Napoleon And The Aims Of His Revolutionary Predecessors

Read Complete Research Material

Napoleon and the Aims of his Revolutionary Predecessors


Napoleon had the advantage of inheriting the lessons of the French Revolution, which used pamphlets, art, architecture, music, plays, and festivals to convert the public to its ideology. Napoleon Bonaparte—he was not called by his first name until he became emperor in 1804—needed propaganda as much as his revolutionary predecessors since he first gained power through a coup (1799) rather than by virtue of inheritance or by being elected and therefore had to establish his legitimacy. Moreover, he needed propaganda to muster support for his ongoing warfare against other European powers, which lasted all but fourteen months of the period in which he led France.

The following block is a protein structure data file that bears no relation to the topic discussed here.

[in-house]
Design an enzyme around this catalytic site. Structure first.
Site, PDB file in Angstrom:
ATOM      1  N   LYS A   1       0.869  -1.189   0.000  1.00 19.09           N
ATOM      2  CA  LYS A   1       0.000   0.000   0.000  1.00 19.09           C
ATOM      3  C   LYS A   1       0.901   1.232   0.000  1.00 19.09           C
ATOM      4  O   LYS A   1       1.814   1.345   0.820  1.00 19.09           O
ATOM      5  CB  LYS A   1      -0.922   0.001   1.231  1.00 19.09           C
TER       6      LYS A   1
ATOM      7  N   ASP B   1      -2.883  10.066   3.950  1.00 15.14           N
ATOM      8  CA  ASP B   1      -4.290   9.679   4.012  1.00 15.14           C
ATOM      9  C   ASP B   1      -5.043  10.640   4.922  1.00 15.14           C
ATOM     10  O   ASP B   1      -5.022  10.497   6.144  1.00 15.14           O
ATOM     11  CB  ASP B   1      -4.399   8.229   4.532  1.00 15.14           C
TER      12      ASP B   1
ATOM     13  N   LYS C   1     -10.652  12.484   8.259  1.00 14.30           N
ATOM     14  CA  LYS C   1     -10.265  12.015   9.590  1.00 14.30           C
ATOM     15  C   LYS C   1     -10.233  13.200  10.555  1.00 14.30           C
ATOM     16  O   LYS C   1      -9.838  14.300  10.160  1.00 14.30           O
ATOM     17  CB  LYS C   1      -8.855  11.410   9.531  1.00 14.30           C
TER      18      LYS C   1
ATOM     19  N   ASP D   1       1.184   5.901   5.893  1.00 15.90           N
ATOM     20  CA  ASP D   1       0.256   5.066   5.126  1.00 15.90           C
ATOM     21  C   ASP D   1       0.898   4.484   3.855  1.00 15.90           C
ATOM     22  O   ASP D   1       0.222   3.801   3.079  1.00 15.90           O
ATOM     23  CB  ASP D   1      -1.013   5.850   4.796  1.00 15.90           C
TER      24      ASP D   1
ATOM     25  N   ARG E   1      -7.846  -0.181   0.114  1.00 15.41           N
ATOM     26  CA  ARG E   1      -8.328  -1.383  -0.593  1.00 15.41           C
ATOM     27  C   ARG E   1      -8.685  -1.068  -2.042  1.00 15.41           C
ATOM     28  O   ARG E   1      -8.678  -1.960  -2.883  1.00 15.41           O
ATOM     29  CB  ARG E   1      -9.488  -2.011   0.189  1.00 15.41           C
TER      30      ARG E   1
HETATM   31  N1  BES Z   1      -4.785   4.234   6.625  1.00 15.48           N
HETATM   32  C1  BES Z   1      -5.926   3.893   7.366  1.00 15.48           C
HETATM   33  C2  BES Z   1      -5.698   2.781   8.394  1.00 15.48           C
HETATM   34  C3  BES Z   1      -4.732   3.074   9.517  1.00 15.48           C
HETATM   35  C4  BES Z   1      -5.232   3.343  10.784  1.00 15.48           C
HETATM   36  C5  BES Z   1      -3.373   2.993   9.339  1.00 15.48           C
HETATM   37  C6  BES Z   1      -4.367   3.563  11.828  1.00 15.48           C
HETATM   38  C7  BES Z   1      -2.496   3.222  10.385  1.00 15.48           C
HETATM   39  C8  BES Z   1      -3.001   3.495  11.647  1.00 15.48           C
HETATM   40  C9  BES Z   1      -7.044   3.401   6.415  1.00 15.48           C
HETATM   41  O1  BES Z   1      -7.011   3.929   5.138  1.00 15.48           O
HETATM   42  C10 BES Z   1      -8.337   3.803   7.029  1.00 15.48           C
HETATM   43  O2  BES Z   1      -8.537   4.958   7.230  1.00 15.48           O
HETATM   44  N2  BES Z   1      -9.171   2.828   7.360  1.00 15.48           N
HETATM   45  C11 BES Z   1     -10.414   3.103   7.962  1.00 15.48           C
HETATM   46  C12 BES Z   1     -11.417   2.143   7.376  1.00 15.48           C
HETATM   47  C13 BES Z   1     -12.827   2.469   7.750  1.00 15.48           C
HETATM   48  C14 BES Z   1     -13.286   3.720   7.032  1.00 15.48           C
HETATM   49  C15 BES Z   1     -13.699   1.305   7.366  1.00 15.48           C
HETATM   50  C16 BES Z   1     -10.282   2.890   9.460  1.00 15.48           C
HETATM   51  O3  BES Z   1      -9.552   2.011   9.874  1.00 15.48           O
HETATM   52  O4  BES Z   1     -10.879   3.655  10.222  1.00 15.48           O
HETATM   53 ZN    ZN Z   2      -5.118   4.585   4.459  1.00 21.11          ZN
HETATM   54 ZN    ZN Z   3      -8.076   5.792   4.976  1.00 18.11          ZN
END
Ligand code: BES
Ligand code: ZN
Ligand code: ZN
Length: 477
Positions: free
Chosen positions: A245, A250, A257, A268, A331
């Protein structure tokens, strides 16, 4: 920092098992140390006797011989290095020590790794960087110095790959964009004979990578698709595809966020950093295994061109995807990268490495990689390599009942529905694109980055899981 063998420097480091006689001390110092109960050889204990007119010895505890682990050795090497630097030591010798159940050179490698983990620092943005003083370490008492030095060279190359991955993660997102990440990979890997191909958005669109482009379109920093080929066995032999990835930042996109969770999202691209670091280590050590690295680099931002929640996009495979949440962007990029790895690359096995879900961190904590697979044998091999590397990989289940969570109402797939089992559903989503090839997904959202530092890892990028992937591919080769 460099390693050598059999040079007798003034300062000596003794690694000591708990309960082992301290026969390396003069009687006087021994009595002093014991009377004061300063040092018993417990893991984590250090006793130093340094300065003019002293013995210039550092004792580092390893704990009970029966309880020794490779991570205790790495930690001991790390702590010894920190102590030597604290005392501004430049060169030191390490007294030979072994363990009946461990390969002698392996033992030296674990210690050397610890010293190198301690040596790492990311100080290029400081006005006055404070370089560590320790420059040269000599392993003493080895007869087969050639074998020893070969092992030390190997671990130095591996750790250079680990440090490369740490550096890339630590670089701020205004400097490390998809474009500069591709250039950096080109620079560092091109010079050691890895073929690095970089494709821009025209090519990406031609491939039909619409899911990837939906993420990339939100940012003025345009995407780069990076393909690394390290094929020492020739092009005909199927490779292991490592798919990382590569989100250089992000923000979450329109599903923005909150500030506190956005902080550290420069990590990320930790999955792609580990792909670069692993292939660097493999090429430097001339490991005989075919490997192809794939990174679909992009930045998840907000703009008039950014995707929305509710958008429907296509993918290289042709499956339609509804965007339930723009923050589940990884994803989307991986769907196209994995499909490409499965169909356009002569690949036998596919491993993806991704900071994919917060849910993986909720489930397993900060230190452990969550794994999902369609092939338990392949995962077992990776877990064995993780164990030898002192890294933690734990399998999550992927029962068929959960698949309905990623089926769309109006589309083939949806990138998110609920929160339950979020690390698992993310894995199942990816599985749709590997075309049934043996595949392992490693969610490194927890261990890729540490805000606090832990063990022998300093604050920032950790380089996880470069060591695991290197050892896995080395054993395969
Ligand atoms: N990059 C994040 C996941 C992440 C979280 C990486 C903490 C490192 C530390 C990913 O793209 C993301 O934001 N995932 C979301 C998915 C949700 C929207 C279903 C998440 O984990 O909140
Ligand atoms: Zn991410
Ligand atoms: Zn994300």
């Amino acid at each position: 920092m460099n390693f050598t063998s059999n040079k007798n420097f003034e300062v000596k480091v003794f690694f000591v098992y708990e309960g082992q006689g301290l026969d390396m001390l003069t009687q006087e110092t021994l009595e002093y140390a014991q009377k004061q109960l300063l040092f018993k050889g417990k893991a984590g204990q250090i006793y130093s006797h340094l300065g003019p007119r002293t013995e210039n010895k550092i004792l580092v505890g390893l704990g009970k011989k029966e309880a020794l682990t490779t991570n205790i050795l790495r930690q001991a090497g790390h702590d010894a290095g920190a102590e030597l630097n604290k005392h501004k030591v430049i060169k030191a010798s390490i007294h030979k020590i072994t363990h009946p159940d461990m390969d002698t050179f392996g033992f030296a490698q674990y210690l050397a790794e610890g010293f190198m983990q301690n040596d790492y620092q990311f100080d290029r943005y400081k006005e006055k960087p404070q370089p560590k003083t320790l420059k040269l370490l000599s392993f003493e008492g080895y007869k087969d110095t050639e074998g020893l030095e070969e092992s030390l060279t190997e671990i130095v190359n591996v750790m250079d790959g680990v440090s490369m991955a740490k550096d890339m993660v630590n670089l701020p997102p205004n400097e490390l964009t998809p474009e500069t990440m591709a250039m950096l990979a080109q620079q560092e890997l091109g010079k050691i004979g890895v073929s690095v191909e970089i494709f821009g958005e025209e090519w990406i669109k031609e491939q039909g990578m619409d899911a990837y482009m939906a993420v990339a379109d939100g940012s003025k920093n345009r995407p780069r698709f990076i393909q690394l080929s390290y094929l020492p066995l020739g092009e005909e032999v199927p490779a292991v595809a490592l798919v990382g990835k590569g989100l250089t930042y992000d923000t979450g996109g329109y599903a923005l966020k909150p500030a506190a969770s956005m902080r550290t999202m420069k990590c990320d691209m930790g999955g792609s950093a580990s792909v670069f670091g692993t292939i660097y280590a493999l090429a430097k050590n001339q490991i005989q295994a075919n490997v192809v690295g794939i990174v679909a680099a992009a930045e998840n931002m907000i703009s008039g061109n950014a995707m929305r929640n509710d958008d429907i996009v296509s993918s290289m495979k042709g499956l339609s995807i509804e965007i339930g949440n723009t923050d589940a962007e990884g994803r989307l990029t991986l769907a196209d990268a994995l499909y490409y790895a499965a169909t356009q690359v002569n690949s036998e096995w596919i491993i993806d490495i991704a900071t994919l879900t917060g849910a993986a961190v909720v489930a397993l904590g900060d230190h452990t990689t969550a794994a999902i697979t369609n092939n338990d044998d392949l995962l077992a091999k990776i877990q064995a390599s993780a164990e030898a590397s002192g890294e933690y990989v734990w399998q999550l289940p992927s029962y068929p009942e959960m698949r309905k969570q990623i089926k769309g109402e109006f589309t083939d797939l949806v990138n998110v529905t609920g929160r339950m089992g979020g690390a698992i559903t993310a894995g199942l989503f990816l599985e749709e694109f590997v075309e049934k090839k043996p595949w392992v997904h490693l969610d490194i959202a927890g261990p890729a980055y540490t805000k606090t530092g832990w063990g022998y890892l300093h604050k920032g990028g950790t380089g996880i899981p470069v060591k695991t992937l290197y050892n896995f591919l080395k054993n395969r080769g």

Napoleon was a better absolutist monarch in some ways than the others that had preceded him. He had the vote of the common people as opposed to that of others. He didn't approve of the aristocracy and was bound to create a code, the Napoleonic Code that would set boundaries for all people. Napoleon was an emperor who feasted upon a Grand Empire. His military conquests helped him achieve this. In the end, Napoleon failed by overreaching the bounds of territory and by the nationalism that had arisen from the French Revolution. Unlike his predecessor Louis XV & XVI, Napoleon had the ambition of success among people and territorial empowerment. Much to say, he was called the "Enemy & Disturber of the Tranquility of the World" when he made his way back into France. With his persistence and will to fight, he was finally defeated at the battle of Waterloo in 1815 (Durant & Durant, pp. 1789-1815).


Napoleon can be viewed as a more accomplished ruler because of his will and determination. Compared to his predecessors, Napoleon was involved with the people and created laws, which succumbed to his reigning end. ...
Related Ads